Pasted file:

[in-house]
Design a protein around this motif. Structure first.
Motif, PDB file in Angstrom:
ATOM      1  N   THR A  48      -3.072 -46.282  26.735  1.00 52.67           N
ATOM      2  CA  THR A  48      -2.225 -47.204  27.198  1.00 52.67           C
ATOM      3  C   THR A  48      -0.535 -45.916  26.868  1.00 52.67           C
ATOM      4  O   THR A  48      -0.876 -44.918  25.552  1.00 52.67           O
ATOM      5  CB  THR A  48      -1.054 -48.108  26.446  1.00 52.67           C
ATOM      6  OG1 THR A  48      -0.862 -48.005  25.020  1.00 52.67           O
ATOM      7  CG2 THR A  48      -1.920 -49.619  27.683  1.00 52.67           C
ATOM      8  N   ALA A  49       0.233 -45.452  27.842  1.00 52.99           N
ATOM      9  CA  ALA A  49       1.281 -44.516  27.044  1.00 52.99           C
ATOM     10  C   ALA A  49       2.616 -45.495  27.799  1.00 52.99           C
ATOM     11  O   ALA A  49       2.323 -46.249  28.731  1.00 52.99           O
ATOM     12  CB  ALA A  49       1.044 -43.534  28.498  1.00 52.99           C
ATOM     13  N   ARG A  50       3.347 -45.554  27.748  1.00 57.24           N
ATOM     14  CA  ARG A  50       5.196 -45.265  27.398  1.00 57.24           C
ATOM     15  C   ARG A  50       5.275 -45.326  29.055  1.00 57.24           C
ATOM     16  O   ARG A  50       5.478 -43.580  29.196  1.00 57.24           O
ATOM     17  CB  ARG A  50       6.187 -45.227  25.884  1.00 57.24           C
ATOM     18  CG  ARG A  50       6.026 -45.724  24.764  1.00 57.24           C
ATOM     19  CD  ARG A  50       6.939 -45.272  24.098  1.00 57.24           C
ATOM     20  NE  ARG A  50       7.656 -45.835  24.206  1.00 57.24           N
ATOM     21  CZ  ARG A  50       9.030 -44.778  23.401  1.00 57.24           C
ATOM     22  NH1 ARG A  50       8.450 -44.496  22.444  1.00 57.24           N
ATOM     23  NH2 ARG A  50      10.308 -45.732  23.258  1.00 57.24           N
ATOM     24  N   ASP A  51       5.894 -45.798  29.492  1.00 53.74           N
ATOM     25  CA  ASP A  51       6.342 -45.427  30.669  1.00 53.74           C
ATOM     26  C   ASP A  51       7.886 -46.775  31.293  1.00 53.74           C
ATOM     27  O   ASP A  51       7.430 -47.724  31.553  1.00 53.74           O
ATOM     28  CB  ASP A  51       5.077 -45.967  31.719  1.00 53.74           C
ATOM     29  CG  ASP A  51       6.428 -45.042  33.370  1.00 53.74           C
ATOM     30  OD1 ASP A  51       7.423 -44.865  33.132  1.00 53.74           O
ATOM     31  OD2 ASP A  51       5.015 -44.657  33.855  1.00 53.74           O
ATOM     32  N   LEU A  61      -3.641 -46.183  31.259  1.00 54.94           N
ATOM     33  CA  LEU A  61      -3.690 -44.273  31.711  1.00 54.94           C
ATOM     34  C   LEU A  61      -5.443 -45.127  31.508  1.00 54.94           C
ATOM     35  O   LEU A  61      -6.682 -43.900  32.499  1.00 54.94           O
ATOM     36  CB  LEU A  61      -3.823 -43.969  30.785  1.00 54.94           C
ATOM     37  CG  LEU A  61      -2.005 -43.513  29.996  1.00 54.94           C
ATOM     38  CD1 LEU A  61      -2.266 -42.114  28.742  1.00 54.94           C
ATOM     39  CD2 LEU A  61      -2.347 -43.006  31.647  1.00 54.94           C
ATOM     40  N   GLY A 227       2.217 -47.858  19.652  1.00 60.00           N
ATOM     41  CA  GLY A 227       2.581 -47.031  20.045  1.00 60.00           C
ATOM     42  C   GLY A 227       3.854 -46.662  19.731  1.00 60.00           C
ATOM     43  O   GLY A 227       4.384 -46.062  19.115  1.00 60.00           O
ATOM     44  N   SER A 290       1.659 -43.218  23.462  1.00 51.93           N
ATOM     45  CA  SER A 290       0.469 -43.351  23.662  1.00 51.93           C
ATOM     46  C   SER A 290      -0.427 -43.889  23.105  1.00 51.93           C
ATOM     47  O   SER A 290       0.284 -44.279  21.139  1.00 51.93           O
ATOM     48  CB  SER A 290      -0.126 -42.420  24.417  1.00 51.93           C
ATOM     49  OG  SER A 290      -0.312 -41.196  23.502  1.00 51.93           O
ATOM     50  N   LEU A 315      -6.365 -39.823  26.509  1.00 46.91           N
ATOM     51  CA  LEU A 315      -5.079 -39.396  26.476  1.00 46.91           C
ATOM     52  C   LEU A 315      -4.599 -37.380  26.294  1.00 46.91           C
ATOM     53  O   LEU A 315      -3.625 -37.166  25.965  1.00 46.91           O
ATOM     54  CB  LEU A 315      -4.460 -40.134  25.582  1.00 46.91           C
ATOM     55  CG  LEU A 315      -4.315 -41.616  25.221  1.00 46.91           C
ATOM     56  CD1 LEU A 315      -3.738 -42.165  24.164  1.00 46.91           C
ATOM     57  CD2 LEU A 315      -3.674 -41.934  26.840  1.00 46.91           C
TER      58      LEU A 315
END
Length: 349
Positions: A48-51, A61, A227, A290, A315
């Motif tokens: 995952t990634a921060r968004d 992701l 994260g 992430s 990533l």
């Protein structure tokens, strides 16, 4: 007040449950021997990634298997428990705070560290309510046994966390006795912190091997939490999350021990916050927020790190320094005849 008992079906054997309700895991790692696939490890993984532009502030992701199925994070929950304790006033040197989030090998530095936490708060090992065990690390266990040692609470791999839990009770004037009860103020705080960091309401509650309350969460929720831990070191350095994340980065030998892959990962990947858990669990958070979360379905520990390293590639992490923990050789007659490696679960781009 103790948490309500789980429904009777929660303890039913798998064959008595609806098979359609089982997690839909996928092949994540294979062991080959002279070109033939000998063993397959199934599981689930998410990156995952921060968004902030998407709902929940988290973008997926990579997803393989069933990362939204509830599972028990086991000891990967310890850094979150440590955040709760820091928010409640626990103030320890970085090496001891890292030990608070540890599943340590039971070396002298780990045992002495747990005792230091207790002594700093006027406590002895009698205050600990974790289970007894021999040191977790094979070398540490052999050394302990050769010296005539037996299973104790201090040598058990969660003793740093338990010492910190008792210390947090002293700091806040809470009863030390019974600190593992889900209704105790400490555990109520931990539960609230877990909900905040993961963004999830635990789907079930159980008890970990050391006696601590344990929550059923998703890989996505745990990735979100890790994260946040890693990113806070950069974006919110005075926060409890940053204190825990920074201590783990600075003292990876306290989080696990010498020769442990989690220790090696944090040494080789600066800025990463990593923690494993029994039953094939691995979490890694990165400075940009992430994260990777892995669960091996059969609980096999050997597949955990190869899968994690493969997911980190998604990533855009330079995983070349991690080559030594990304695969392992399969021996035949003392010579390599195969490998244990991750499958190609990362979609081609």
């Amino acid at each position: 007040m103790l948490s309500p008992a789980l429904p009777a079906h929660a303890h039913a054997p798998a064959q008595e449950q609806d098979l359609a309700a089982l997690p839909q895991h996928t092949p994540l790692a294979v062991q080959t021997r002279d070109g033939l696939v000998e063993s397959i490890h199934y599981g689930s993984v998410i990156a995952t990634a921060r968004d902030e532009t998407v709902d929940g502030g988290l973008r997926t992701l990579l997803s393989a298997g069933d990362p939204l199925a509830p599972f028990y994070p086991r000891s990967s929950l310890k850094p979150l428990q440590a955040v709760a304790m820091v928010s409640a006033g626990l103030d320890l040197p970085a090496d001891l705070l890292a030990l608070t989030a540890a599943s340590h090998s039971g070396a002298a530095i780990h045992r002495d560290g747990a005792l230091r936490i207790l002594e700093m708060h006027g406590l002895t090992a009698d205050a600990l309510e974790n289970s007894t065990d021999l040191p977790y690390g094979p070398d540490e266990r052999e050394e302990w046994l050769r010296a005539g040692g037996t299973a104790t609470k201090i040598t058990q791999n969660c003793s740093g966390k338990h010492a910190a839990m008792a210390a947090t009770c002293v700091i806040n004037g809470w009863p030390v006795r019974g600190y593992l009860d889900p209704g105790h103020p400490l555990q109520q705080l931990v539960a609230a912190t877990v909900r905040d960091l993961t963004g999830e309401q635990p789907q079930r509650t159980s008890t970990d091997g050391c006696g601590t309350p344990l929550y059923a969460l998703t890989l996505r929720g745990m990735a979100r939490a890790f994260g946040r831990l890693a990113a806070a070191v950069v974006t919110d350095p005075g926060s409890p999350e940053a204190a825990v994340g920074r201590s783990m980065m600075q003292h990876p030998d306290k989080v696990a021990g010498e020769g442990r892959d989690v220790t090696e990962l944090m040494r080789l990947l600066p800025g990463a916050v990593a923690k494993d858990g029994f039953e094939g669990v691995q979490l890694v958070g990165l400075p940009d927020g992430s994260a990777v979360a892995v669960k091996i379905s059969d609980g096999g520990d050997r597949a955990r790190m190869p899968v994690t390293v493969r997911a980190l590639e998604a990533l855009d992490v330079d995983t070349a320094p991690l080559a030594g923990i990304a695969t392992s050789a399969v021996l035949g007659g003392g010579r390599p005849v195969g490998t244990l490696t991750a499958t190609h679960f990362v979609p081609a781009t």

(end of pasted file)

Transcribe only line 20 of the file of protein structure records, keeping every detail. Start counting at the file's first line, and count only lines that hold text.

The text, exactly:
ATOM     17  CB  ARG A  50       6.187 -45.227  25.884  1.00 57.24           C